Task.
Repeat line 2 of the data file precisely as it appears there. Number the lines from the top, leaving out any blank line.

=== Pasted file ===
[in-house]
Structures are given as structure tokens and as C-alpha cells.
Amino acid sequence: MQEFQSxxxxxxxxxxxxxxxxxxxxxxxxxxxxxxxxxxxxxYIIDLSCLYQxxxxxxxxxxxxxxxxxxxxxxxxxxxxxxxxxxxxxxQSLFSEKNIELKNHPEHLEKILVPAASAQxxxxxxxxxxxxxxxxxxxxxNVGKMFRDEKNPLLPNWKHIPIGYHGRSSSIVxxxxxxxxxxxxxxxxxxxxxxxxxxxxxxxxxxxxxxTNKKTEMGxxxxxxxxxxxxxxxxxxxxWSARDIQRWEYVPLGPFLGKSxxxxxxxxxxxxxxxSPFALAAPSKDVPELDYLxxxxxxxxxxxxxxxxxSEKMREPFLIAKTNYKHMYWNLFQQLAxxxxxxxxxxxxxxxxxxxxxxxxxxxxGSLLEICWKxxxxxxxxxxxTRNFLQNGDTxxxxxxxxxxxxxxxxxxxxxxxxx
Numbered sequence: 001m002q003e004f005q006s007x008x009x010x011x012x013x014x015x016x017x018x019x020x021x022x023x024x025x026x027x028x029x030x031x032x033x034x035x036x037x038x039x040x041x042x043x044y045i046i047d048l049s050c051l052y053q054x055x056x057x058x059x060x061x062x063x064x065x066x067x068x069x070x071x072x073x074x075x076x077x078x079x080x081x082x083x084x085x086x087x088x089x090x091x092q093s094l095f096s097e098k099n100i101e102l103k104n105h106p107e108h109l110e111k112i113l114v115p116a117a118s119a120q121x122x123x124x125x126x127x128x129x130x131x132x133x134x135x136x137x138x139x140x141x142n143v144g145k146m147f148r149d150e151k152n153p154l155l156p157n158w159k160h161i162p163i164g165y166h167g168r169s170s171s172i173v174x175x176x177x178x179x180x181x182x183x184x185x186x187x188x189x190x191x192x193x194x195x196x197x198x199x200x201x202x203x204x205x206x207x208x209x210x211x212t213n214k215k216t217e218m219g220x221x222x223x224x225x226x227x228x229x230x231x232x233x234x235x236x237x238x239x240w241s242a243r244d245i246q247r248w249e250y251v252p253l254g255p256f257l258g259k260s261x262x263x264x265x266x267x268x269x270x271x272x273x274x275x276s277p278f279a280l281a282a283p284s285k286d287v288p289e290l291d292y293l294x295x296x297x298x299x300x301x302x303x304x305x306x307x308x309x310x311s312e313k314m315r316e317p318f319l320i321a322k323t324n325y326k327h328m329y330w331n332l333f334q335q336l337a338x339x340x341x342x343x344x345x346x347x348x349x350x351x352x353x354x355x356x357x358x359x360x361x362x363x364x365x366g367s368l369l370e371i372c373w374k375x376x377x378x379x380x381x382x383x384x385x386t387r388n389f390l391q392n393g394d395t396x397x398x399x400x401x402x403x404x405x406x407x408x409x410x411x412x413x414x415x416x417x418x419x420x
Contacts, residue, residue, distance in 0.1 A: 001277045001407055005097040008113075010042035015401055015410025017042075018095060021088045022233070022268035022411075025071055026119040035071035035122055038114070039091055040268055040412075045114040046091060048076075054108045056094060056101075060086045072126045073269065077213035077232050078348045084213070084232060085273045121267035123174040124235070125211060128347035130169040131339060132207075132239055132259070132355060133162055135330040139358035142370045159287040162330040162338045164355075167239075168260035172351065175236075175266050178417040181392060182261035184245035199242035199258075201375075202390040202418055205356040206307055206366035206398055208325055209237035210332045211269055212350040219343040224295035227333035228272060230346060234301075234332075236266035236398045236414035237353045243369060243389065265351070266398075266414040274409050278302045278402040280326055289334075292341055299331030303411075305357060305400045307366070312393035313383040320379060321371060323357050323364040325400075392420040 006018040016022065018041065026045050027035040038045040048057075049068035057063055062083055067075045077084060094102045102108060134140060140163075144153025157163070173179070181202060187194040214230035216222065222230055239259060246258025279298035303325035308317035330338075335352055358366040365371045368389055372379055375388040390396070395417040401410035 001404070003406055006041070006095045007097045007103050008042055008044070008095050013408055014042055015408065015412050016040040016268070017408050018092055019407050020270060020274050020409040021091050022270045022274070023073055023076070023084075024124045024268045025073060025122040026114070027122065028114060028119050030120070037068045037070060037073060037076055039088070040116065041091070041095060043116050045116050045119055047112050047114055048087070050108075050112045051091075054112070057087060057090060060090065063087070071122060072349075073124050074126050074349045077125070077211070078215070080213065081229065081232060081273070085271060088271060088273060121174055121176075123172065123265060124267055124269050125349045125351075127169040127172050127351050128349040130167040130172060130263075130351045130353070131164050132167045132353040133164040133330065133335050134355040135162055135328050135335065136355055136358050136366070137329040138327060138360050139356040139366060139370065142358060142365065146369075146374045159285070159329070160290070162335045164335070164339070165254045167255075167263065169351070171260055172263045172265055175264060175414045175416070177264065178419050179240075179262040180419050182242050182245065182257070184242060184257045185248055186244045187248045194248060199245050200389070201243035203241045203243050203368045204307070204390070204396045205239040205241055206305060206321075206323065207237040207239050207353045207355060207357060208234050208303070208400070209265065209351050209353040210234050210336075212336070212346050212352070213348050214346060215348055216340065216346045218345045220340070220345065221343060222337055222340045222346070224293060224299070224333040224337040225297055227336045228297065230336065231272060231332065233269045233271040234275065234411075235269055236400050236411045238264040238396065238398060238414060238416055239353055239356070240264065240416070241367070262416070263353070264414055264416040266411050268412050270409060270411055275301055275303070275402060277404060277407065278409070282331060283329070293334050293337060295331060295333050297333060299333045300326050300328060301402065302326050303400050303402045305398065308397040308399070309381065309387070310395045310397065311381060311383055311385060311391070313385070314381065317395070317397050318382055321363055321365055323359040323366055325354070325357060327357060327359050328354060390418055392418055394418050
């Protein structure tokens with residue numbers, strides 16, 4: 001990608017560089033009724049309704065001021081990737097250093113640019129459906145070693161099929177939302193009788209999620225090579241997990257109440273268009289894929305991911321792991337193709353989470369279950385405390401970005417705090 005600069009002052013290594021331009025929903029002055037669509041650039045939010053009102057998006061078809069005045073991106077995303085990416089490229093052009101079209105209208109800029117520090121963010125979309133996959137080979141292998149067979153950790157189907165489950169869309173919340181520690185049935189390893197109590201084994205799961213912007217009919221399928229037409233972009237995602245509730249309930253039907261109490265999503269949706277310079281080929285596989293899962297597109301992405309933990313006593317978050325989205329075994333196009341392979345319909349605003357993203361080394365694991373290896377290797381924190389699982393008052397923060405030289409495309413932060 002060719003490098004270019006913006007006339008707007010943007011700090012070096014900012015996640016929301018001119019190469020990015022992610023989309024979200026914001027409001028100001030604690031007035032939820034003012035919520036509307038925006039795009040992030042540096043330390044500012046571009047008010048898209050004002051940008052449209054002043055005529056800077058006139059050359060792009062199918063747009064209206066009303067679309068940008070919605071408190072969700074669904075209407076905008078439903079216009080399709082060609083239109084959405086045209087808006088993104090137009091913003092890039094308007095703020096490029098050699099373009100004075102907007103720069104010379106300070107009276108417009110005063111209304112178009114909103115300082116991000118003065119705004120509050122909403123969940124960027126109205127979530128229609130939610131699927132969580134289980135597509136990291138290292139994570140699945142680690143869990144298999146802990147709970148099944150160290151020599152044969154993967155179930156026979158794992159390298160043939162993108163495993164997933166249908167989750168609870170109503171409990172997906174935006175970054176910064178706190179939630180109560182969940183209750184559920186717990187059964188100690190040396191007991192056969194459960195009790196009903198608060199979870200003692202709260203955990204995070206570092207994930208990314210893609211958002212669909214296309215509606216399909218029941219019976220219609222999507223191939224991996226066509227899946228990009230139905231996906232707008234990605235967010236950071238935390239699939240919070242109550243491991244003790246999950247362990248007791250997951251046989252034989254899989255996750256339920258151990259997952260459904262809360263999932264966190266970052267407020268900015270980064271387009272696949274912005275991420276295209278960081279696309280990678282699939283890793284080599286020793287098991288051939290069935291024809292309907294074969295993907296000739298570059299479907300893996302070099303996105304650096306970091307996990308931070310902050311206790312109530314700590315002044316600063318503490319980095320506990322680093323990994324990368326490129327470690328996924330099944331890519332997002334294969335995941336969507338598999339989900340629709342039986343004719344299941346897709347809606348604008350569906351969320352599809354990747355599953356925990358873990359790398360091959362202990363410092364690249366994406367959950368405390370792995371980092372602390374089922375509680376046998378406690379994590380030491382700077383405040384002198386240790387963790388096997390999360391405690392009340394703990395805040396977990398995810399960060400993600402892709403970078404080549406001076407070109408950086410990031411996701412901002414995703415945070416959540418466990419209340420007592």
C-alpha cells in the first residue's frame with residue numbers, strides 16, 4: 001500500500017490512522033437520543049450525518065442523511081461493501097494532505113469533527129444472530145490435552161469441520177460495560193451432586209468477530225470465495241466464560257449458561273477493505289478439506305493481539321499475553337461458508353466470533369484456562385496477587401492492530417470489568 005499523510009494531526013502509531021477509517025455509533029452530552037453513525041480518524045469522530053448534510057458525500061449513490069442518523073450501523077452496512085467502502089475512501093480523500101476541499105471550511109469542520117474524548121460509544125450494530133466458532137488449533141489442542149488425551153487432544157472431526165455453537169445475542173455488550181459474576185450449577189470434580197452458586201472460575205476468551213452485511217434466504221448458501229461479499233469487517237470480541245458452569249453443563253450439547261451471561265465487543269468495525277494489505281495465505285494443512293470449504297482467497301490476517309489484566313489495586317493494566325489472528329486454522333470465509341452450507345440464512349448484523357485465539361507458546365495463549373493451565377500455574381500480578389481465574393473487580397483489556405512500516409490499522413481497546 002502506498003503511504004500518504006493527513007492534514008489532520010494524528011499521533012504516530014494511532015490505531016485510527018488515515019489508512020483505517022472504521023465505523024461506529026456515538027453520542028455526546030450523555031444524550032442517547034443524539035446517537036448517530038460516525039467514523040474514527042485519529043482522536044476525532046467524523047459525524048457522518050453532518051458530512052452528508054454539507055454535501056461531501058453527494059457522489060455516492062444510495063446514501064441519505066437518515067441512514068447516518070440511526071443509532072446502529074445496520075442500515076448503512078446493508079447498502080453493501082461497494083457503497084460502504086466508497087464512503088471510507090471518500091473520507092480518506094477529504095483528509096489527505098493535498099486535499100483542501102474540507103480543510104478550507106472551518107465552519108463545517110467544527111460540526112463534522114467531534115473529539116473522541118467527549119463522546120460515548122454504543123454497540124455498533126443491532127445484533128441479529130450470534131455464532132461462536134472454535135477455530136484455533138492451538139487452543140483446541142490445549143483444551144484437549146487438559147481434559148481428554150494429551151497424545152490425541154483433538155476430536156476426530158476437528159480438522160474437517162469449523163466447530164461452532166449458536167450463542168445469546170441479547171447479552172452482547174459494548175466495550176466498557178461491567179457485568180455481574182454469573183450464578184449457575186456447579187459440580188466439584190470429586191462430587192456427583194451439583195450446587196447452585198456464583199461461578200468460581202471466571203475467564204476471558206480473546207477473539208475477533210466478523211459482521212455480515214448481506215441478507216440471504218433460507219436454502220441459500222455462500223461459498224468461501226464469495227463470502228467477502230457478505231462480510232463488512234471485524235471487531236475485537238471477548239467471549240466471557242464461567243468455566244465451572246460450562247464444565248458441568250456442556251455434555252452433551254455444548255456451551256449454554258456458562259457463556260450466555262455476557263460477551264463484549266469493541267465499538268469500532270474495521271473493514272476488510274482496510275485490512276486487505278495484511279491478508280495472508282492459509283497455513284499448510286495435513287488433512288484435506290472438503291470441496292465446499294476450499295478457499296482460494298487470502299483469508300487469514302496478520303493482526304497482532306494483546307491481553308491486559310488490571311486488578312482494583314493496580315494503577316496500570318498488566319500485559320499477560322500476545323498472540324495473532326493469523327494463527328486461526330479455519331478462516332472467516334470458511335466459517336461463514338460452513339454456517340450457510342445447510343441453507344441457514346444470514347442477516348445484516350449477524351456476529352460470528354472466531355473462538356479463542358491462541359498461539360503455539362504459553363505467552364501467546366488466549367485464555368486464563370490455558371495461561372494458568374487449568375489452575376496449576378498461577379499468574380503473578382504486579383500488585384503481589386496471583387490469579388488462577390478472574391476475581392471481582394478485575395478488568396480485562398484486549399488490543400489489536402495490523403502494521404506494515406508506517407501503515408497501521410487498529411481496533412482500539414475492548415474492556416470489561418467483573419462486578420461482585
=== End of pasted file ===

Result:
Structures are given as structure tokens and as C-alpha cells.